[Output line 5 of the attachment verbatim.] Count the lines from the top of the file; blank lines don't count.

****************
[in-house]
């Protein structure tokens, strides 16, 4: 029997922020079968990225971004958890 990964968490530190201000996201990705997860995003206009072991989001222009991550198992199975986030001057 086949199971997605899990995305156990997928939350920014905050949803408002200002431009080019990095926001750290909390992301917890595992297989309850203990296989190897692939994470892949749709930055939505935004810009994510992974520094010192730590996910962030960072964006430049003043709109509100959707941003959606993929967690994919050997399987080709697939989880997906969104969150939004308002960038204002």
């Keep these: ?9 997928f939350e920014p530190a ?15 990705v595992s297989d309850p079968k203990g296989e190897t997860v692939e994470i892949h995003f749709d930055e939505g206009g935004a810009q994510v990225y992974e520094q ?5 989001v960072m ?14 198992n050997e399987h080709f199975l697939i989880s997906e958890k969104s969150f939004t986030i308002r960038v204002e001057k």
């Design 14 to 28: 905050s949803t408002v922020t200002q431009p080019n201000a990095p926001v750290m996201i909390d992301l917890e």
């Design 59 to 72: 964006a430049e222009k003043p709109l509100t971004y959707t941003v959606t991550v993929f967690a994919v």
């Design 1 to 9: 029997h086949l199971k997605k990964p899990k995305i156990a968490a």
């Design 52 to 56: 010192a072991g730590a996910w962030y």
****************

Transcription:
């Design 59 to 72: 964006a430049e222009k003043p709109l509100t971004y959707t941003v959606t991550v993929f967690a994919v």